German-born American Hudson River School Painter, 1830-1902
Bierstadt was born in Solingen, Germany. His family moved to New Bedford, Massachusetts, in 1833. He studied painting with the members of the D??sseldorf School in D??sseldorf, Germany from 1853 to 1857. He taught drawing and painting briefly before devoting himself to painting.
Bierstadt began making paintings in New England and upstate New York. In 1859, he traveled westward in the company of a Land Surveyor for the U.S. government, returning with sketches that would result in numerous finished paintings. In 1863 he returned west again, in the company of the author Fitz Hugh Ludlow, whose wife he would later marry. He continued to visit the American West throughout his career.
Though his paintings sold for princely sums, Bierstadt was not held in particularly high esteem by critics of his day. His use of uncommonly large canvases was thought to be an egotistical indulgence, as his paintings would invariably dwarf those of his contemporaries when they were displayed together. The romanticism evident in his choices of subject and in his use of light was felt to be excessive by contemporary critics. His paintings emphasized atmospheric elements like fog, clouds and mist to accentuate and complement the feel of his work. Bierstadt sometimes changed details of the landscape to inspire awe. The colors he used are also not always true. He painted what he believed is the way things should be: water is ultramarine, vegetation is lush and green, etc. The shift from foreground to background was very dramatic and there was almost no middle distance
Nonetheless, his paintings remain popular. He was a prolific artist, having completed over 500 (possibly as many as 4000) paintings during his lifetime, most of which have survived. Many are scattered through museums around the United States. Prints are available commercially for many. Original paintings themselves do occasionally come up for sale, at ever increasing prices. Related Paintings of Albert Bierstadt :. | Beach Scene | Yosemite Valley, California | Les Montagnes Rocheuses,Lander's Peak | Western Kansas | Storm in the Rocky Mountains, Mount Rosalie |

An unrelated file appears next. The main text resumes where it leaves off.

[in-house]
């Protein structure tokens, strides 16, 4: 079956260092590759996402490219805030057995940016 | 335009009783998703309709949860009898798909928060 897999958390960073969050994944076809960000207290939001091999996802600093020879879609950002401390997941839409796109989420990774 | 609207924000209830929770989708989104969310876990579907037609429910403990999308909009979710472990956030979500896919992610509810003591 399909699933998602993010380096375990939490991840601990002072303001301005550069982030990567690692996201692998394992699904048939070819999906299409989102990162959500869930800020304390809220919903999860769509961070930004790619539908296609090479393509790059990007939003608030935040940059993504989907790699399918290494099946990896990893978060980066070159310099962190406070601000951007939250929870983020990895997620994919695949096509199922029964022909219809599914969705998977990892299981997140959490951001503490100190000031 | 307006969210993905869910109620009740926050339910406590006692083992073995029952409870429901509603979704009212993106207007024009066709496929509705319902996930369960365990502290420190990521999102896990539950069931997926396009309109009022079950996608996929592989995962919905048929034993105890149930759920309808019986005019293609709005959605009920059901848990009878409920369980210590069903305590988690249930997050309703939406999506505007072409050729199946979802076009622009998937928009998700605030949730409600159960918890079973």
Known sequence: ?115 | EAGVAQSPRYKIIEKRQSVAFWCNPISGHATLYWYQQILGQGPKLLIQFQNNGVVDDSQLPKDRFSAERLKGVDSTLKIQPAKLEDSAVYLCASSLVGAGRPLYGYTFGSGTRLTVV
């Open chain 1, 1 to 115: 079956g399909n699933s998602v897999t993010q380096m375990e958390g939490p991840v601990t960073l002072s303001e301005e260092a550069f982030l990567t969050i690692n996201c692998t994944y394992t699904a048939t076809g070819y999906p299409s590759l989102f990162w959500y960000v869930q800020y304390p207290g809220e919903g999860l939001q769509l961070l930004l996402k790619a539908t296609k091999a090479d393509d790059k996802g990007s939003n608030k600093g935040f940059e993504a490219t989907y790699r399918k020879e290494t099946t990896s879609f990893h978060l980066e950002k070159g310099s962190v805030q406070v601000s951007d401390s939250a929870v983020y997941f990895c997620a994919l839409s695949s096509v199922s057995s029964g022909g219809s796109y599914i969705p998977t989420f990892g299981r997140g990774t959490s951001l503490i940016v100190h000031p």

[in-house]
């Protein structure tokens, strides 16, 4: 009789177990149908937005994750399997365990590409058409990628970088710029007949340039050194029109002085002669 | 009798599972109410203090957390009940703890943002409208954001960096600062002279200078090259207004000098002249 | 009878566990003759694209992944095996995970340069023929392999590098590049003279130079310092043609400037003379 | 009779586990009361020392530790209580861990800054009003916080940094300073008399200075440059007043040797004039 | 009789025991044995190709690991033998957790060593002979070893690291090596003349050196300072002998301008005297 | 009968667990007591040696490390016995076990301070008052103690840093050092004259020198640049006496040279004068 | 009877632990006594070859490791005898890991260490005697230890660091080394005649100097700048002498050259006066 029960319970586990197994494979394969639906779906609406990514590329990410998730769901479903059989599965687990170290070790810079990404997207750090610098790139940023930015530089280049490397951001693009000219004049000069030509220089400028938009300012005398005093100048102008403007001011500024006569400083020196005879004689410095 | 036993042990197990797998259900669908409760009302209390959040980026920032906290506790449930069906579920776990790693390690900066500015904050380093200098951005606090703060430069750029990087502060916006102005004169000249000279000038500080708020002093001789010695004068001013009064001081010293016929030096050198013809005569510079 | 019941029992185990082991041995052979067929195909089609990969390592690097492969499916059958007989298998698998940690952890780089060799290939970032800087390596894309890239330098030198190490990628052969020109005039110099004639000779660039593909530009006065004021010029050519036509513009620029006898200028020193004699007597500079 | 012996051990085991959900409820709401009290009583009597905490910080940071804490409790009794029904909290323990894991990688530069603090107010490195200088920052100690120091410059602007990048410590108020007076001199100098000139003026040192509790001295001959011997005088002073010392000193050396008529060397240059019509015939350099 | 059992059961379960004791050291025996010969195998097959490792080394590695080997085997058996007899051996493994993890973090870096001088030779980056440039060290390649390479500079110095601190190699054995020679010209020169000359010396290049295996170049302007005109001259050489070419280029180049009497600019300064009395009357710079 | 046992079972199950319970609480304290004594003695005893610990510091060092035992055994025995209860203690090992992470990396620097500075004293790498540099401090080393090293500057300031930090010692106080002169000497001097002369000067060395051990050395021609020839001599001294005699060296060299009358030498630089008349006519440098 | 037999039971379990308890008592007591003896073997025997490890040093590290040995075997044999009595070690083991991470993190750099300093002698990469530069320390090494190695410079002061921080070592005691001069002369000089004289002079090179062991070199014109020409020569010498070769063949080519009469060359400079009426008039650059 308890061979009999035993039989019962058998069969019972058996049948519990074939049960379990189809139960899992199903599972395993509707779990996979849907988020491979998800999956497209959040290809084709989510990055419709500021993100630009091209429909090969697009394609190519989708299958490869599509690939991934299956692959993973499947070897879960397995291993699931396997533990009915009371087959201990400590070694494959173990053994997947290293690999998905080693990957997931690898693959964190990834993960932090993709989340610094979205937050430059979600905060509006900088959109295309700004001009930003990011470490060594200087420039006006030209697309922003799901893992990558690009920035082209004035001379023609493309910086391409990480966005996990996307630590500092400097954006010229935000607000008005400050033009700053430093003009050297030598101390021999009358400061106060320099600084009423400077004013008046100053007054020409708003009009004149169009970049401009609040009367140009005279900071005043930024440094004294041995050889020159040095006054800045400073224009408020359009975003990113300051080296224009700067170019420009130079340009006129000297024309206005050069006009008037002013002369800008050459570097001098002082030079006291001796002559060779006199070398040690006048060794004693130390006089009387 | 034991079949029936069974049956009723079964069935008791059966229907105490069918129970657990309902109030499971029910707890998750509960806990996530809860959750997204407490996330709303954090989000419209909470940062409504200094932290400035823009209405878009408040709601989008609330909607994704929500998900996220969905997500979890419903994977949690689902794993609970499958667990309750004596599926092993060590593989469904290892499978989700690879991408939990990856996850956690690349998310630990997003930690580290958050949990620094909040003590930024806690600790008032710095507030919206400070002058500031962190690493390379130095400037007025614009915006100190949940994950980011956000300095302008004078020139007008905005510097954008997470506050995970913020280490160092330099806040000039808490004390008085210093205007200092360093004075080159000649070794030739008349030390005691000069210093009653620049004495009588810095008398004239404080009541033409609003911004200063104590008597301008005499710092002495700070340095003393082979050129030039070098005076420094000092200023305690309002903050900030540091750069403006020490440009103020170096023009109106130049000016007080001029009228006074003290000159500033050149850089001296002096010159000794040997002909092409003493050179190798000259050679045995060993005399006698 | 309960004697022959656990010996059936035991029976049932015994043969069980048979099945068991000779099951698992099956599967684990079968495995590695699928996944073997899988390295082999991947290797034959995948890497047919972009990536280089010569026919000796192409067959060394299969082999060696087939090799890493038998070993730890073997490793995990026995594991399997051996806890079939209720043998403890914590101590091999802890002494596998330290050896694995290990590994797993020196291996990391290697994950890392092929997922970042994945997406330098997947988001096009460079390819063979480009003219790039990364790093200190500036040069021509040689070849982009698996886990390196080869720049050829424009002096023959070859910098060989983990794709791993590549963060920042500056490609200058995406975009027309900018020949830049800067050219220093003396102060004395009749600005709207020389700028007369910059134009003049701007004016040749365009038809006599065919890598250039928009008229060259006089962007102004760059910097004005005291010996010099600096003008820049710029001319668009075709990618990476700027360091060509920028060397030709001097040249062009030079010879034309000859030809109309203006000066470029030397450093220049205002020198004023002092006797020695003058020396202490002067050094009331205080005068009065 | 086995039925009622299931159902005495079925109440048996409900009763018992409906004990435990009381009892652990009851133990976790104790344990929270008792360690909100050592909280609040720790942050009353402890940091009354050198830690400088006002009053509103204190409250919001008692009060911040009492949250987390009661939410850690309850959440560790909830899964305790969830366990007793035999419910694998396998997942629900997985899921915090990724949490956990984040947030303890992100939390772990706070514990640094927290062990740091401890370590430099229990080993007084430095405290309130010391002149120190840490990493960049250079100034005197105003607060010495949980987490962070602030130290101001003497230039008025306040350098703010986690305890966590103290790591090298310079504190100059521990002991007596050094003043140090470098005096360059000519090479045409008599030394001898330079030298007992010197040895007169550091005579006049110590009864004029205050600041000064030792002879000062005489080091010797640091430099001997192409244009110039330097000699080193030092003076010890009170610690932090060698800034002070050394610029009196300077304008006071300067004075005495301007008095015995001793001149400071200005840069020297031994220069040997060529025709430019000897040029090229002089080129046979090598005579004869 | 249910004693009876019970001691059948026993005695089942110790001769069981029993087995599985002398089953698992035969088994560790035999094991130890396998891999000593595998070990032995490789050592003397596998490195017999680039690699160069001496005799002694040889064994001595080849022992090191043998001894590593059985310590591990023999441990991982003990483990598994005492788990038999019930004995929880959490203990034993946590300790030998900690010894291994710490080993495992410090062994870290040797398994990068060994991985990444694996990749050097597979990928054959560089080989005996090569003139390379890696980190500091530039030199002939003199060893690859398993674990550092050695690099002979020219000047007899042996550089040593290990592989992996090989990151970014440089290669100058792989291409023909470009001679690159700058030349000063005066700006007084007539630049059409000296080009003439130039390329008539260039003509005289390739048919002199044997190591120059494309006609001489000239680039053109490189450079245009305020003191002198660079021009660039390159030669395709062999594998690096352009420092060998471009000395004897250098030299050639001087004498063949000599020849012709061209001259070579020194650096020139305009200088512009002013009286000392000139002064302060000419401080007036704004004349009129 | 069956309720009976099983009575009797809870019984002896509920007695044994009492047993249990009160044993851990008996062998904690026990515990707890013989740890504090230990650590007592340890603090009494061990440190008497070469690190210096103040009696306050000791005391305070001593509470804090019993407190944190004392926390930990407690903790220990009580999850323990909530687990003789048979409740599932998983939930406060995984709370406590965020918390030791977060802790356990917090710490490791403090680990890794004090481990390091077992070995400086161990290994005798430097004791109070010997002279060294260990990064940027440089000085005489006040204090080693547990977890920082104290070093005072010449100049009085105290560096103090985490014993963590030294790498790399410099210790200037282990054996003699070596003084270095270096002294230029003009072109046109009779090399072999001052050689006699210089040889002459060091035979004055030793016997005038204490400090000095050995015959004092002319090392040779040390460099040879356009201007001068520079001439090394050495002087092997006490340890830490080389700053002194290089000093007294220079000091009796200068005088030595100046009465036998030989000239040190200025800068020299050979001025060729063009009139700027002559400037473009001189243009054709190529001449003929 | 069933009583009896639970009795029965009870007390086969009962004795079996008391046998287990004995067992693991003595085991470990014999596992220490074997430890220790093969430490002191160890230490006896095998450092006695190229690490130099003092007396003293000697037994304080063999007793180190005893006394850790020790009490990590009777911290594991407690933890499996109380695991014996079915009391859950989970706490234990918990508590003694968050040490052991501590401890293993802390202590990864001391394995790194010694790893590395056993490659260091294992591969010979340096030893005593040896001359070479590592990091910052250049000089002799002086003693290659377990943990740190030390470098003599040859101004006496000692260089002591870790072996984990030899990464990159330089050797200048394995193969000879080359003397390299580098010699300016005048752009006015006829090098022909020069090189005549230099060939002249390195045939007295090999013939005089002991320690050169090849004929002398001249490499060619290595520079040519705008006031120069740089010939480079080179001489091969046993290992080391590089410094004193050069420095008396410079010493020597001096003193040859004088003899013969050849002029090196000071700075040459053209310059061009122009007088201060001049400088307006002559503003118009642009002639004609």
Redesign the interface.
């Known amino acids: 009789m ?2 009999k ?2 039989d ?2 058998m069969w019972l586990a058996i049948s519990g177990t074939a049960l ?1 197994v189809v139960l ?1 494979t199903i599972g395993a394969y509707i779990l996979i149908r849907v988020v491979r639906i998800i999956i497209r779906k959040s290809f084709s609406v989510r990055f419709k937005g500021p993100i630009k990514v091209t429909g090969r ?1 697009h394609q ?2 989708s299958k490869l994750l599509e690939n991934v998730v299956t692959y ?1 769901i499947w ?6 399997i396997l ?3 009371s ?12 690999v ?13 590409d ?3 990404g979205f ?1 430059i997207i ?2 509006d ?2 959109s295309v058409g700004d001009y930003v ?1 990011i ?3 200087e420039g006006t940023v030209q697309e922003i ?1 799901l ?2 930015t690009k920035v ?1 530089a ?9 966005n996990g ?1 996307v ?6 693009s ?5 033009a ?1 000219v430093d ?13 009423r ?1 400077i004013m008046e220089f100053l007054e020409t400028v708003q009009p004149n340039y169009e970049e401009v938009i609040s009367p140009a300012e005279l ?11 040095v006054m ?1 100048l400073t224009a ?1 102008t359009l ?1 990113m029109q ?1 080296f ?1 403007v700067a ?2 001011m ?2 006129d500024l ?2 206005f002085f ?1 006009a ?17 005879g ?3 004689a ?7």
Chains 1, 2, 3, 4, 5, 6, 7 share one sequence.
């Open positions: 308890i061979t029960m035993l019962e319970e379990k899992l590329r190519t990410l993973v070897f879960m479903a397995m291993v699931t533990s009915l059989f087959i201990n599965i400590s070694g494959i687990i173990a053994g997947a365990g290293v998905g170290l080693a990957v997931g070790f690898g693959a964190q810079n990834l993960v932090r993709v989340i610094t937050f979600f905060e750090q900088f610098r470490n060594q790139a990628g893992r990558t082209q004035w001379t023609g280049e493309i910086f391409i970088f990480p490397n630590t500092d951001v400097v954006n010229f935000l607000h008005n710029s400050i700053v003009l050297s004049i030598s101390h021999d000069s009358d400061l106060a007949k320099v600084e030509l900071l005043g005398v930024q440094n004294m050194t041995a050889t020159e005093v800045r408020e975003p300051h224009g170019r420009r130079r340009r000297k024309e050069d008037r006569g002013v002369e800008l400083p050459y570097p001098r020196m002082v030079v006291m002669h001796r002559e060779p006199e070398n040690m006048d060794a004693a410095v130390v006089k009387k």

Giotto di Bondone (c. 1267 ?C January 8, 1337), better known simply as Giotto, was an Italian painter and architect from Florence. He is generally considered the first in a line of great artists who contributed to the Italian Renaissance.
Giotto's contemporary Giovanni Villani wrote that Giotto was "the most sovereign master of painting in his time, who drew all his figures and their postures according to nature. And he was given a salary by the commune [of Florence] in virtue of his talent and excellence."
The later 16th century biographer Giorgio Vasari says of him "...He made a decisive break with the ...Byzantine style, and brought to life the great art of painting as we know it today, introducing the technique of drawing accurately from life, which had been neglected for more than two hundred years."
Giotto's masterwork is the decoration of the Scrovegni Chapel in Padua, commonly called the Arena Chapel, completed around 1305. This fresco cycle depicts the life of the Virgin and the life of Christ. It is regarded as one of the supreme masterpieces of the Early Renaissance. That Giotto painted the Arena Chapel and that he was chosen by the commune of Florence in 1334 to design the new campanile (bell tower) of the Florence Cathedral are among the few certainties of his biography. Almost every other aspect of it is subject to controversy: his birthdate, his birthplace, his appearance, his apprenticeship, the order in which he created his works, whether or not he painted the famous frescoes at Assisi, and where he was eventually buried after his death.Braud, Jean
French Impressionist Painter, 1849-ca.1935abstract composition
Russian painter, sculptor, designer and photographer. He was a central exponent of Russian Constructivism, owing much to the pre-Revolutionary work of Malevich and Tatlin, and he was closely involved in the cultural debates and experiments that followed the Revolution of 1917. In 1921 he denounced, on ideological grounds, easel painting and fine art, and he became an exponent of Productivism (see CONSTRUCTIVISM,